Revelstoke Secondary School’s new principal, Greg Kenyon, starts work this week. He comes to us from Kerrobert, Saskatchewan, where he also served in that capacity. His arrival in the Stoke reminds me of one of my own RSS teachers who went on to become a principal, and then a district superintendent: Harry Sayers. Surfing the Internet, I encountered Mr. Sayers’ name on an elementary school in Abbotsford. Could this be the same man? After contacting that school district, I discovered that indeed, it was. With their help, I’ve assembled this small remembrance.
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Harry Sayers was born in Edinburgh on 11 August 1928. He was one of four siblings, all of whom, with the exception of himself, remained in the UK. Both the Sayers’ parents instilled in their children the value of education and of life-long learning.
Mr. Sayers (pardon my formality… he trained us into it) graduated from school in 1946. He then completed two years in the army. Following his military service, he attended the University of Edinburgh, graduating with an MA degree in 1951. After that he attended Moray House College from 1951-52, obtaining a teaching certificate with a mathematics specialty. He taught math in Scotland for four years before becoming interested in working overseas.
Intrigued by the notion of teaching in Canada, Mr. Sayers contacted officials who would be able to assist him in securing an assignment in this country. By 1956, he was teaching at Revelstoke Secondary. RSS capitalized on his abilities, and before long his assignment included a variety of subjects.
Former student Gordon Jones, recalls our first day in Sayers’ class, which would have been about 1967. Our new teacher introduced himself and outlined the rules of engagement expected in his room. Some were quaintly old-fashioned, in our view. This included the ritual of him addressing us at the beginning of each lesson: “Good morning, class,” he would say in his gentle brogue. We were to answer in unison, “Good morning, Mr. Sayers.” Which was fine, but Gordon and I covertly took his instructions to the nth degree: we answered in Scots accents ourselves. Harry cocked an ear, and a smile crooked the corners of his mouth. He never said a thing, and there was no benefit to ferret out we brogue-speakers. I doubt other kids even noticed our small joke. That incident was typical of Sayers’ humour and wisdom in dealing with adolescent minds—he could discipline without being a heavy. Two other incidents come to mind which also illustrate this:
On one occasion, a male member of the species entered our classroom, carefully combing his coiffure; an obvious poseur seeking female admirers. Sayers let the adolescent take his seat before leaping forward, furiously pumping his path with an imaginary insecticide sprayer, and stamping the floor free of scurrying vermin. Everyone laughed, and the teacher made his point without saying a word.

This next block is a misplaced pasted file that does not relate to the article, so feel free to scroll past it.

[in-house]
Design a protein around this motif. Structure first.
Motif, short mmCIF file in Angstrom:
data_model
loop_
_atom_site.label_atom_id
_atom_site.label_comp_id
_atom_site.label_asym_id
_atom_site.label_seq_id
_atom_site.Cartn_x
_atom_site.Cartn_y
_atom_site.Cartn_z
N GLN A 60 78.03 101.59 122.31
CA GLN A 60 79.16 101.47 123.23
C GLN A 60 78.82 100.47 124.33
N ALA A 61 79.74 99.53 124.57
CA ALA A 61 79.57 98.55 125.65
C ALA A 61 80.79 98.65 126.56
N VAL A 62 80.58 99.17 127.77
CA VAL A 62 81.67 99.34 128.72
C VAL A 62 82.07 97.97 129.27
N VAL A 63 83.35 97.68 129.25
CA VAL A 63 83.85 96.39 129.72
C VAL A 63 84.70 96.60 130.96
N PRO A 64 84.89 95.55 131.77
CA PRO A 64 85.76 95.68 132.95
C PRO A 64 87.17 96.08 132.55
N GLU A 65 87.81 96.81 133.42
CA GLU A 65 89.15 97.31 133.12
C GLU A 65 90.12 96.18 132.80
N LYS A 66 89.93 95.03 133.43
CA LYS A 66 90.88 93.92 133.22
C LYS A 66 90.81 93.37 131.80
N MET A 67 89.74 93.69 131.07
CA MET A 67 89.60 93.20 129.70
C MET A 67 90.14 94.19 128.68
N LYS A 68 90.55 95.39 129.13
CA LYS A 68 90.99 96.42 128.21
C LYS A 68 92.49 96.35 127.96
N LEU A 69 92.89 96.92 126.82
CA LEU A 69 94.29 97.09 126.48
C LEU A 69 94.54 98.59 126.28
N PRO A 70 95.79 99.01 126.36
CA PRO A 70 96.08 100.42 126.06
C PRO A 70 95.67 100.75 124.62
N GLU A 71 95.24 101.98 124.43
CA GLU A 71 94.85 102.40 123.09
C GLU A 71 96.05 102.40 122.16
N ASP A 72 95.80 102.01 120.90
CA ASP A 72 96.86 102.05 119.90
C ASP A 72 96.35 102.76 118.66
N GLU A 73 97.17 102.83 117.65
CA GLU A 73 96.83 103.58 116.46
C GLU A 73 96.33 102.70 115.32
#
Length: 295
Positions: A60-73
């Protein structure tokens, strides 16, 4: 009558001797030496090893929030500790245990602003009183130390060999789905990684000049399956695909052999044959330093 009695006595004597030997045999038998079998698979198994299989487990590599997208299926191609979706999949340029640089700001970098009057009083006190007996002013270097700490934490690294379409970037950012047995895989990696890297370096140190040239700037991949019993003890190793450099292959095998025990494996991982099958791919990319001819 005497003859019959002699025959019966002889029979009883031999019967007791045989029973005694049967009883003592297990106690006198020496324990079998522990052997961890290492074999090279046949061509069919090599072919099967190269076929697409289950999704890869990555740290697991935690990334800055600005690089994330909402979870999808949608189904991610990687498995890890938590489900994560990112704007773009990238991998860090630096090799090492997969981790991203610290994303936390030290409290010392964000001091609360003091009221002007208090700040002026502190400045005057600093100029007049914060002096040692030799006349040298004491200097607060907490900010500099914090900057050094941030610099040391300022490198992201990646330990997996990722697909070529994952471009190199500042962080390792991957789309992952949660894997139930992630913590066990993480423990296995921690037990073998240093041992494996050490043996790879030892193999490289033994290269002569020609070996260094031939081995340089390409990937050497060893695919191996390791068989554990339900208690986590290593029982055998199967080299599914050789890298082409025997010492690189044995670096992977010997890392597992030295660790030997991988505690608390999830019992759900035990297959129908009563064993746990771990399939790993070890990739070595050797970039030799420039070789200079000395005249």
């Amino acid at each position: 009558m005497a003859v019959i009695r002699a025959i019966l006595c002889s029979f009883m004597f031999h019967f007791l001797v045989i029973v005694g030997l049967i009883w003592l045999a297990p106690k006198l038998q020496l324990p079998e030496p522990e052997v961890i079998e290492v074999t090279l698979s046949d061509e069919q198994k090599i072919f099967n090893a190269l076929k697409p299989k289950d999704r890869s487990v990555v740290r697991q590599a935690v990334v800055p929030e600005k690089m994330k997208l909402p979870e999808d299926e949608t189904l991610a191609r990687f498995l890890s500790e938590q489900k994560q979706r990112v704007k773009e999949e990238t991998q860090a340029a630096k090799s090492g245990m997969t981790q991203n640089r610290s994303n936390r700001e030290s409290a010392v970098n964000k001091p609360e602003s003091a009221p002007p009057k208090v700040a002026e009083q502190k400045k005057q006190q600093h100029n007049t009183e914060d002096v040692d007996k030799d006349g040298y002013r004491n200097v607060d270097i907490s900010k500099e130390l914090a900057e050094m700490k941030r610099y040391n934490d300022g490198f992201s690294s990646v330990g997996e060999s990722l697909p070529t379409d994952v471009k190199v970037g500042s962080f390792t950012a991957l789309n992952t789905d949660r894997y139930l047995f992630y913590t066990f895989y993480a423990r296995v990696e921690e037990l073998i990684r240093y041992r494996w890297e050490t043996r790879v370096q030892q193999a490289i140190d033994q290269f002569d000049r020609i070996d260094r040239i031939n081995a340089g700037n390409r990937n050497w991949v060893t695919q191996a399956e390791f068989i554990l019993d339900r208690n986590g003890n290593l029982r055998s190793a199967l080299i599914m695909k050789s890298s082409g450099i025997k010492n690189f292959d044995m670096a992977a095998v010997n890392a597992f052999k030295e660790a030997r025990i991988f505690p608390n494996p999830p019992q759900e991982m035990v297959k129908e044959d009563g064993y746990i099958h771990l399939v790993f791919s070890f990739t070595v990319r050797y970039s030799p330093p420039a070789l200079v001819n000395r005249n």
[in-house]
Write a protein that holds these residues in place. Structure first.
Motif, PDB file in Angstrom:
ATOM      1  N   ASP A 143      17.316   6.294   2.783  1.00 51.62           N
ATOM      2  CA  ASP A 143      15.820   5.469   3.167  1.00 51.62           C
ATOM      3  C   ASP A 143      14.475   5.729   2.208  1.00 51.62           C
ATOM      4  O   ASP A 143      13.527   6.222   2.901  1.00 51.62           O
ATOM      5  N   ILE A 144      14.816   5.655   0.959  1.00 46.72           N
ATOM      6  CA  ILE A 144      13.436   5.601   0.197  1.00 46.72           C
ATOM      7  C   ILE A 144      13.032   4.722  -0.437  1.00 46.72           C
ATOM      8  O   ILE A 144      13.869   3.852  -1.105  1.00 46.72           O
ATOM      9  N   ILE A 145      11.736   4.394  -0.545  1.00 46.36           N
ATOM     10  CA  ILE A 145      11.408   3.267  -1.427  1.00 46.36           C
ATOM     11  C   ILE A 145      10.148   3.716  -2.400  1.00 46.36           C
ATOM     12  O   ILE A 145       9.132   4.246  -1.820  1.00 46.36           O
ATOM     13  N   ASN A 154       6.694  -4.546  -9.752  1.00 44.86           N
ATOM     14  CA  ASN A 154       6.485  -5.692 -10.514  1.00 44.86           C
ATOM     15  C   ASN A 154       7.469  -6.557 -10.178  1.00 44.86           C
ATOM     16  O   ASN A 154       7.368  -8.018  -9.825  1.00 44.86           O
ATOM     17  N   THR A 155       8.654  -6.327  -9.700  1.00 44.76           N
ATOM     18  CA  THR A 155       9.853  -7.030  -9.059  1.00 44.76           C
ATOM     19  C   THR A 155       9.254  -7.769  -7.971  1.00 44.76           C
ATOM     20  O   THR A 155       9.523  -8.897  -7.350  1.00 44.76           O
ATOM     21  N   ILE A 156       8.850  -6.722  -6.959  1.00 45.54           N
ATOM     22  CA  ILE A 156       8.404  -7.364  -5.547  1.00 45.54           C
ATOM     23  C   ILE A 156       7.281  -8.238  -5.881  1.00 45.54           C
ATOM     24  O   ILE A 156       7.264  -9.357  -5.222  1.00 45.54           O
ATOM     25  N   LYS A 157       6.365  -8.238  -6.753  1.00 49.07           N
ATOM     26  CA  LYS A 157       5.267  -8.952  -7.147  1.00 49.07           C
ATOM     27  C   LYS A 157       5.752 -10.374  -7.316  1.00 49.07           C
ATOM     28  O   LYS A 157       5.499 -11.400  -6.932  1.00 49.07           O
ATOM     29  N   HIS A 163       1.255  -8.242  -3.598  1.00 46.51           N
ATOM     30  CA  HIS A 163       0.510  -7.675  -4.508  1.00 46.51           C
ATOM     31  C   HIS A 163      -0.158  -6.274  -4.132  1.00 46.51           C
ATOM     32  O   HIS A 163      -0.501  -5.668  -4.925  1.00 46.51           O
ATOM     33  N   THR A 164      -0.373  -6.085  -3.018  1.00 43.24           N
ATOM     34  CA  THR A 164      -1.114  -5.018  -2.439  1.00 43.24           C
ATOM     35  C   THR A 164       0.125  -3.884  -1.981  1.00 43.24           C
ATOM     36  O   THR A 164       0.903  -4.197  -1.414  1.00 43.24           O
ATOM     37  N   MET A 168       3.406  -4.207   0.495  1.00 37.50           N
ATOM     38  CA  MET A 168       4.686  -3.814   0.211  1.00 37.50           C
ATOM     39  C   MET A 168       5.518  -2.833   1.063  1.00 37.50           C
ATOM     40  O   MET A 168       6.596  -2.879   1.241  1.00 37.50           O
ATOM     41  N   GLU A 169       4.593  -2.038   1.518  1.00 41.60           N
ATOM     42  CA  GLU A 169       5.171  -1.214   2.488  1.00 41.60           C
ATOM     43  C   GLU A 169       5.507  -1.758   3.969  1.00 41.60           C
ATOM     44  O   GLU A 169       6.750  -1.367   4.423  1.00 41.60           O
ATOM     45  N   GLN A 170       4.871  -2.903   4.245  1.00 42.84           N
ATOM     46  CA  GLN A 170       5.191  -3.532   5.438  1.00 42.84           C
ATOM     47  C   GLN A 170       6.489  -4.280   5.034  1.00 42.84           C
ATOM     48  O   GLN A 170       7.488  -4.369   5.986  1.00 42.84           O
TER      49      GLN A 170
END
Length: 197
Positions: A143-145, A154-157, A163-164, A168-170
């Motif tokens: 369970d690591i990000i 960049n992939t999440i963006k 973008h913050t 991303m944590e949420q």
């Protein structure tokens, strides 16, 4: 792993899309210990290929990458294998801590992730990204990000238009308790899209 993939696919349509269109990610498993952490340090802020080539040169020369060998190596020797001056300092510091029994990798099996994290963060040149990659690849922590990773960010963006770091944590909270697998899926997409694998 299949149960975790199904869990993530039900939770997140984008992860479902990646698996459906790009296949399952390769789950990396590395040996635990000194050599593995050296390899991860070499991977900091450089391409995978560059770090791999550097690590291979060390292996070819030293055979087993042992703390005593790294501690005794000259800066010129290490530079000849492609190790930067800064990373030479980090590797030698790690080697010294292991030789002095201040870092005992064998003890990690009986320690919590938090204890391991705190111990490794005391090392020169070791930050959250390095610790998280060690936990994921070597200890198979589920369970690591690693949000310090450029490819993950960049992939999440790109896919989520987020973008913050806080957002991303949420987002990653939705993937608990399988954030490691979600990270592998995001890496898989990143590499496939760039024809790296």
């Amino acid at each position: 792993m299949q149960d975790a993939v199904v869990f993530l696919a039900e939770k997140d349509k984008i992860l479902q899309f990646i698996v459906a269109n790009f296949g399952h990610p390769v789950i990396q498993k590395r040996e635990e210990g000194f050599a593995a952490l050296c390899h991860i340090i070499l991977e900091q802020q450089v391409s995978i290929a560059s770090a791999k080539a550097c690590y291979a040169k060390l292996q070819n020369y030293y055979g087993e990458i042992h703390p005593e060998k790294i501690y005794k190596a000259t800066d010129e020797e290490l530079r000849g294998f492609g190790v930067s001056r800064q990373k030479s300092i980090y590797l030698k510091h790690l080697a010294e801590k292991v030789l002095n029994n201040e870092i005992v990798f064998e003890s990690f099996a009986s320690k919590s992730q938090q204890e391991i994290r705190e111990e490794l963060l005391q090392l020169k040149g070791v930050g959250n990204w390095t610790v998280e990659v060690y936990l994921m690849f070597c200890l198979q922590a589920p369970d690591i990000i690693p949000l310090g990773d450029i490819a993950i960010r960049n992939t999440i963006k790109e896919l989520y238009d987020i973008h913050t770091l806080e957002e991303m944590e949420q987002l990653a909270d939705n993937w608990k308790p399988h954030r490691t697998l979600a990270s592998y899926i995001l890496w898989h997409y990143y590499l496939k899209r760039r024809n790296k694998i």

On another occasion, J, the class clown, came in the front door right at bell-time, with the rest of the class already seated. Mr. Sayers stood at the board, arms folded, observing him march across the room, arms swinging, chanting Onward Christian Soldiers. The class held its breath until the rebel without a cause took his seat and only then Sayers riposted: “Sounds more like heathen rabble to me.”
Sayers expected courtesy and effort from his classes. I think aforesaid kid must have sorely tried his patience. The closest I saw Sayers to losing it was when J put his head down on his arms and fell asleep in class. He thought he was concealed behind the student in front, but Sayers noticed nevertheless. Picking up his long wooden pointer, he tapped the blackboard for dramatic emphasis, then strolled the aisle toward the unsuspecting snoozer, explaining Pythagoras’ Theorem without a pause. All eyes followed. No one dared prod the pupil. Sayers raised what might have been a cane during his own school days, and brought the stick down across the desk with a smash which splintered it. No one was touched, but attention and discipline were again established.
At the end of the 1968 school year, Sayers moved to Cranbrook, BC, joining there former RSS teachers Bill Gibbon, Ian Carley, and the latter’s wife, Joan Carley. From 1970-73, Sayers served there as the principal of three different elementary schools. Then he was appointed superintendent of School District #5 (Cranbrook). He remained until 1978, when he accepted the position of superintendent for District #34 (Abbotsford). He kept that position until retiring in 1988. He was recognized for successfully steering the district through the extremely difficult period of 1981-82 when provincial funding rollbacks were exacerbated by extreme student growth.
Probably the most bizarre problem Sayers had to handle during his tenure made provincial news in 1985. Do you recall the teacher husband who submitted a nude photo of his teacher wife to a skin magazine? No doubt that issue sold quickly and soon had value on the boys’ black market! The couple were on Sayers’ staff, and both were suspended without pay for six weeks. Sayers stated being shocked by the image, but I imagine he was also mystified. Their unprofessional behaviour was likely incomprehensible to him, but he knew how to deal with it.
After retirement, Harry Sayers served his community by acting as president of the Abbotsford Rotary Club and being a member of the BC Summer Games committee. He continued to serve until his death in March 1996. A $500 memorial scholarship was established in his name. Mr. Sayers’ integrity and the esteem in which he was held are evidenced by the 1992 naming of a school in his honour. I’m honoured to have been your student, Harry. Thank you.
Tom Parkin is an RSS grad of 1969, and writes for The Revelstoke Current on the last Saturday of each month.